Was Ventura's Measure P directed solely at your client's particular hillside development? Or, was Measure P an inevitable outgrowth of community resistance to development in the hillside?

I think it was both. People understood that this project was pending. Western Pacific had a project adjacent to this. And there are other people who own hillside property. So, it was not just this project. But, there is great sensitivity to development in the hills and there is no question that this project is the largest on the hillside.

A lawsuit from SOAR claimed that Measure A violates the state constitution by naming a private corporation in the initiative and sought to remove it from the ballot. Can you elaborate on the legality of placing Measure A before the voters and refute the claims of the initiative's opponents?

The package of approvals that were placed on the ballot includes a development agreement. We included a development agreement because build-out of the project is proposed over a 15-20 year period and the landowners have agreed to dedicate a significant portion of the open space up front, even if no approvals are ever granted by the city. Remember that this ballot measure does not require the city to approve anything-it sets up a framework pursuant to which the city can review and, if they choose to, approve the future projects. If the city goes ahead and approves future subdivisions, there are 500 acres of open space that immediately get dedicated together with money to install public trails and public access features to that open space.

So, if the open space starts to get dedicated and, five years from now, the city changes its mind, it would be devastating to the property owners. They will have given all of the property away without receiving any of the economic benefit that was part of the trade-off. So, the development agreement was the cornerstone of the approval process. By state law and by city ordinance, development agreements have to name who the parties are to the development agreement or you cannot have one.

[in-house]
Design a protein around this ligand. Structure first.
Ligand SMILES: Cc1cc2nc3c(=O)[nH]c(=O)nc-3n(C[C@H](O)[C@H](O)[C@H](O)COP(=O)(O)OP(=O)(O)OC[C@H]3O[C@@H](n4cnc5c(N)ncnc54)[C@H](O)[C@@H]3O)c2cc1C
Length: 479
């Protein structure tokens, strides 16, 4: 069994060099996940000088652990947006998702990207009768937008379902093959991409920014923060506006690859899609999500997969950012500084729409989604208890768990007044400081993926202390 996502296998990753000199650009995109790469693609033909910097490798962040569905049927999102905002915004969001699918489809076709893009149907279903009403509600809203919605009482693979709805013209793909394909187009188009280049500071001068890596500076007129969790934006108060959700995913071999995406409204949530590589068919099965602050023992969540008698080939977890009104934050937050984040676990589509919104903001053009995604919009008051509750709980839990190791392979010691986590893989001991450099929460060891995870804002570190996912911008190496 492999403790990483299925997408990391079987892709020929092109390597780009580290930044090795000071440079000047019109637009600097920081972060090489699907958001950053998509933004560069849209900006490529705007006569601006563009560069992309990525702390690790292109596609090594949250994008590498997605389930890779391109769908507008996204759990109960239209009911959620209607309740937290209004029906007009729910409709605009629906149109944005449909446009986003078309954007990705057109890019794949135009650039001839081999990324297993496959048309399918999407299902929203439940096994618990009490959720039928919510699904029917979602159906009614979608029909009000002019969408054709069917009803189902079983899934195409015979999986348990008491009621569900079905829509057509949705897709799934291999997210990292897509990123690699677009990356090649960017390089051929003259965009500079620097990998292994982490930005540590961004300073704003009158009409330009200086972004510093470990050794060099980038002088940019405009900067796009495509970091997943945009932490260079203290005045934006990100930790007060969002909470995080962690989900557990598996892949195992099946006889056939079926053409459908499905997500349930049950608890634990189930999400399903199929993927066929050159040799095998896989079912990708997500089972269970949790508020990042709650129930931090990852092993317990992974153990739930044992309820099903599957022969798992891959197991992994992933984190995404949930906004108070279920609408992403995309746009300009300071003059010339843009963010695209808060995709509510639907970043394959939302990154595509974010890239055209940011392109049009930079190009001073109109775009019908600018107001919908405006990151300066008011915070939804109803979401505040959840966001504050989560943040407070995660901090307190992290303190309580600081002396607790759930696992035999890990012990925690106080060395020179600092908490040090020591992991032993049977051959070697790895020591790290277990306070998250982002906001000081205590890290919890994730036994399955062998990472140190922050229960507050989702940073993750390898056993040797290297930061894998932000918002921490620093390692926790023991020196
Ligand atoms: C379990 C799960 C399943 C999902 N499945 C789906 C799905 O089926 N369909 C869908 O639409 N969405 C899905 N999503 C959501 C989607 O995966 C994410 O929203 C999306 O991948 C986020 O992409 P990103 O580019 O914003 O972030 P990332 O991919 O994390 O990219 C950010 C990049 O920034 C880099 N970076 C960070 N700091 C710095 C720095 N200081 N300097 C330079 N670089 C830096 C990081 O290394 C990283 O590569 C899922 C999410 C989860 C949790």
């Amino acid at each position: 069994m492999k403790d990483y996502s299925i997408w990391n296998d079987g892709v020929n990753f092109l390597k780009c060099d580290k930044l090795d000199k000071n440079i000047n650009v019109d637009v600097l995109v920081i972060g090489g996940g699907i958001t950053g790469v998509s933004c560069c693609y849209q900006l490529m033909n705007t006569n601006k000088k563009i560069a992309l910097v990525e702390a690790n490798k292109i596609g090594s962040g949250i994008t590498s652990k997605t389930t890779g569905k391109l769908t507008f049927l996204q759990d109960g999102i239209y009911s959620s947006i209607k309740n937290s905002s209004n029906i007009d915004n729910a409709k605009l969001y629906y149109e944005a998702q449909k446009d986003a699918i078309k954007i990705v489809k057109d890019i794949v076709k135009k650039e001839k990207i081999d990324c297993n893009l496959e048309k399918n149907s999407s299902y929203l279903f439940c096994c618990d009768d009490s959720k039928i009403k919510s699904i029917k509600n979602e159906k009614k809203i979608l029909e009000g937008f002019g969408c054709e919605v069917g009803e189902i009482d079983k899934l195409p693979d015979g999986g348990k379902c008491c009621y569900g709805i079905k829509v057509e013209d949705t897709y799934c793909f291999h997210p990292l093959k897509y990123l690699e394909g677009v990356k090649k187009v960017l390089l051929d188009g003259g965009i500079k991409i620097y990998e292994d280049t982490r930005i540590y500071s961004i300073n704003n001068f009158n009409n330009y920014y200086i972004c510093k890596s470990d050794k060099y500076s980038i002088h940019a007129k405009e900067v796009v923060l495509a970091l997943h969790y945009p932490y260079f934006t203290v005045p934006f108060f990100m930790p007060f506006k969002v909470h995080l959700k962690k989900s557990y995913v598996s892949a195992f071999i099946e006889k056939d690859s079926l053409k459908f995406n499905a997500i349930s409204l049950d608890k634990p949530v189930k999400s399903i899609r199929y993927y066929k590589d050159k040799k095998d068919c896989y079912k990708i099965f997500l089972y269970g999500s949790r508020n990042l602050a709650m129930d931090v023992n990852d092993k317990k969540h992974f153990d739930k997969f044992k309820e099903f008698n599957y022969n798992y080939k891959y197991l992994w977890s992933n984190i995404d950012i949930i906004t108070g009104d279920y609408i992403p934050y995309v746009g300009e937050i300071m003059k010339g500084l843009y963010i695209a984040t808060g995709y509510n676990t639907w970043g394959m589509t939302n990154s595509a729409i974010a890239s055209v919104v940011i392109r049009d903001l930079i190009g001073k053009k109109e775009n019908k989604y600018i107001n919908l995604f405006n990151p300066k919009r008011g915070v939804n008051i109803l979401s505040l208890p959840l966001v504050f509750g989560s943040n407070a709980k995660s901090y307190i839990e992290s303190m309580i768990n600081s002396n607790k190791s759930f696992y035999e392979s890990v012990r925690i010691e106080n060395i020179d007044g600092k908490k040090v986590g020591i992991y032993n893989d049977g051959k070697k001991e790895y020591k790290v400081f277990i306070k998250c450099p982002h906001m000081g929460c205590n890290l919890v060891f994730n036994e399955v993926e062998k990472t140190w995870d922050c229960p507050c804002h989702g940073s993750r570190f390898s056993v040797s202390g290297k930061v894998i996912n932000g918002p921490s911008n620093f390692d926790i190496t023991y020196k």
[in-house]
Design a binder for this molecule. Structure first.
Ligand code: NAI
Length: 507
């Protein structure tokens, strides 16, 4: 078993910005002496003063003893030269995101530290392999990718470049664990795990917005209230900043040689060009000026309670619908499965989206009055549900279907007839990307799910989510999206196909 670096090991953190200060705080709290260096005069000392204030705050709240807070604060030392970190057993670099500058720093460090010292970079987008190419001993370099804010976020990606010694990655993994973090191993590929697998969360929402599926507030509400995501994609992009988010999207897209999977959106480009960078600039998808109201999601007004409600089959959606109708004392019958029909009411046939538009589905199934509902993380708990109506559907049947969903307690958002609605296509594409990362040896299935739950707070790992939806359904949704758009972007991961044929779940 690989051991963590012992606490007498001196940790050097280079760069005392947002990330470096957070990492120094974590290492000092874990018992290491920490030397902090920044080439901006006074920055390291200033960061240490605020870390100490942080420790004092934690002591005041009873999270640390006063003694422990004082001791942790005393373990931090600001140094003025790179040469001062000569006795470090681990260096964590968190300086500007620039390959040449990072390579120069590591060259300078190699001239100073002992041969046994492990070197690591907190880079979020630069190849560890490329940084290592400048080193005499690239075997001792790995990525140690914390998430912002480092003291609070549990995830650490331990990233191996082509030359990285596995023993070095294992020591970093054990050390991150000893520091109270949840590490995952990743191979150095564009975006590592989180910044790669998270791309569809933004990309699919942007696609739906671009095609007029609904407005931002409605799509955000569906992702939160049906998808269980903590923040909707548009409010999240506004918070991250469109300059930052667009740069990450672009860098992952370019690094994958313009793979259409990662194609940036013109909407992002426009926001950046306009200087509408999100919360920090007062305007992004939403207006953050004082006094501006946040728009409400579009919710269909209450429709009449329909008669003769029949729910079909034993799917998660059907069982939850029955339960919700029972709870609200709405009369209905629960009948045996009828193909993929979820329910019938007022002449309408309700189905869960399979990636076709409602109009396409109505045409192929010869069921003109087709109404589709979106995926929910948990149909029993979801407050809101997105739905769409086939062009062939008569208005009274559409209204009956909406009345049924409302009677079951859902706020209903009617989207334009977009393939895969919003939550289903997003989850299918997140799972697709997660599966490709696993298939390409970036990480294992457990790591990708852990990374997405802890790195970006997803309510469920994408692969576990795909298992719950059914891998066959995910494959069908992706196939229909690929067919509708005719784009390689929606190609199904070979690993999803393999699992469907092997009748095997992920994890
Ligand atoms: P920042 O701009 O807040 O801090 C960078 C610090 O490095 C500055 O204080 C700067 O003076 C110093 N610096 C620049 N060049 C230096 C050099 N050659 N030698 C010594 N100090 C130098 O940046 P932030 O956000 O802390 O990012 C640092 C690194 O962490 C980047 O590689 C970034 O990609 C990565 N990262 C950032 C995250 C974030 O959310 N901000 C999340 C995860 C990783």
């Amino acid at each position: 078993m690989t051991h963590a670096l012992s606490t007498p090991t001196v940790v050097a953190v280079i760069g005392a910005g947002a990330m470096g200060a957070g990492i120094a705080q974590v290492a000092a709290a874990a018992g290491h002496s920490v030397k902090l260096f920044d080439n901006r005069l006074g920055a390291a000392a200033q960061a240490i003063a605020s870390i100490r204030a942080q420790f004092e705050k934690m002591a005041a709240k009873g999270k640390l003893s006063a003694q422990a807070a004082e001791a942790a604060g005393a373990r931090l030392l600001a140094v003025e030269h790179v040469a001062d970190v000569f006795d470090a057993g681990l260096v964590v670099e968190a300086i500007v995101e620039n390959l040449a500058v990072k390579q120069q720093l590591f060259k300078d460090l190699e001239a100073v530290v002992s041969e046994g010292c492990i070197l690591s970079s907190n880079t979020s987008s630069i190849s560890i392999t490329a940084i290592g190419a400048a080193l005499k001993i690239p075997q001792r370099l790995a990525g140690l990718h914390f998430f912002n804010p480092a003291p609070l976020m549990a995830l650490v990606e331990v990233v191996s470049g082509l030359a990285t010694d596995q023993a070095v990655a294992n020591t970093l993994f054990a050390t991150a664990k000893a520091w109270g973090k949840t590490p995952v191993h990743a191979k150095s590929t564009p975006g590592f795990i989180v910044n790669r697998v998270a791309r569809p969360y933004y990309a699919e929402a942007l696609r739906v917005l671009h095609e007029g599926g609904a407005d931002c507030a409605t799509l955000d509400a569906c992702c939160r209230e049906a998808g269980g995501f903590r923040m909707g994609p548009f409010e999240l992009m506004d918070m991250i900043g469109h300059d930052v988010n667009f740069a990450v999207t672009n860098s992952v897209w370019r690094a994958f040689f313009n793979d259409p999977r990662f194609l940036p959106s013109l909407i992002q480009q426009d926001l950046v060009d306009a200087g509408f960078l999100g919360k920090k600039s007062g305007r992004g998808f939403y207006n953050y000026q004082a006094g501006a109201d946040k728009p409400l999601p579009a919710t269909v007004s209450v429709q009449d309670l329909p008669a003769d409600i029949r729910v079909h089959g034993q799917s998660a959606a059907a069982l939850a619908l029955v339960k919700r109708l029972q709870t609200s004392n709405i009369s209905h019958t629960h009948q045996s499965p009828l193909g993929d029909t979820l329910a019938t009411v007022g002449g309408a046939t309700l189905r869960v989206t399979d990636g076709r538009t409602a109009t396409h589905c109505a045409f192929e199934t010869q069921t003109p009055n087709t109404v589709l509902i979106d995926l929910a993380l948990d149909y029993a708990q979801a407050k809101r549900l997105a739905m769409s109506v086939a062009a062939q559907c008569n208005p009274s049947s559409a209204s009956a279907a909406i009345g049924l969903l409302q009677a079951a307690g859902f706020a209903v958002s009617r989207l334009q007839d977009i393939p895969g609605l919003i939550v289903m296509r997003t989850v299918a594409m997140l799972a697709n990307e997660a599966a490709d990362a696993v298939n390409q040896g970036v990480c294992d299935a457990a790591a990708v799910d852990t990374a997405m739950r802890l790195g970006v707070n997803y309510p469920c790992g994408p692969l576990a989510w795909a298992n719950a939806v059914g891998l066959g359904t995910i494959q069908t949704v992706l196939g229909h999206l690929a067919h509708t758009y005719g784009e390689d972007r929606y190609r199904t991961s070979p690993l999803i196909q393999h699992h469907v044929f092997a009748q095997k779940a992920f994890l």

The opponents claim that a constitutional provision, prohibiting an enactment which names a corporation to have a power, function, or duty-means development agreements cannot be put to a vote of the people. That's what they claimed. In our case, the landowners are not corporations. One is a limited liability partnership and two are limited liability companies. So, our first, and most obvious, response was that the landowners are not corporations.

The second response-and the one which we felt more passionately about-was, as a legislative land use enactment the plan is subject to initiative and appropriately subject to a municipal vote. By state law and by city ordinance, development agreements are subject to referendums. Therefore, we believe, and the court agreed, that development agreements can be directly adopted by the people. Ventura is a charter city. Ventura has reserved to itself the broadest possible powers to approve land use initiatives. Measure P, which had been adopted by more than 70% of the voters, made it absolutely clear that the Ventura voters wanted to have direct participatory rights in determining land uses of the hillside. So, approving a development agreement was part of the rights the people reserved to themselves. Therefore, the constitutional provision doesn't really apply to this. The court agreed with us.

What was significant about the Court's ruling?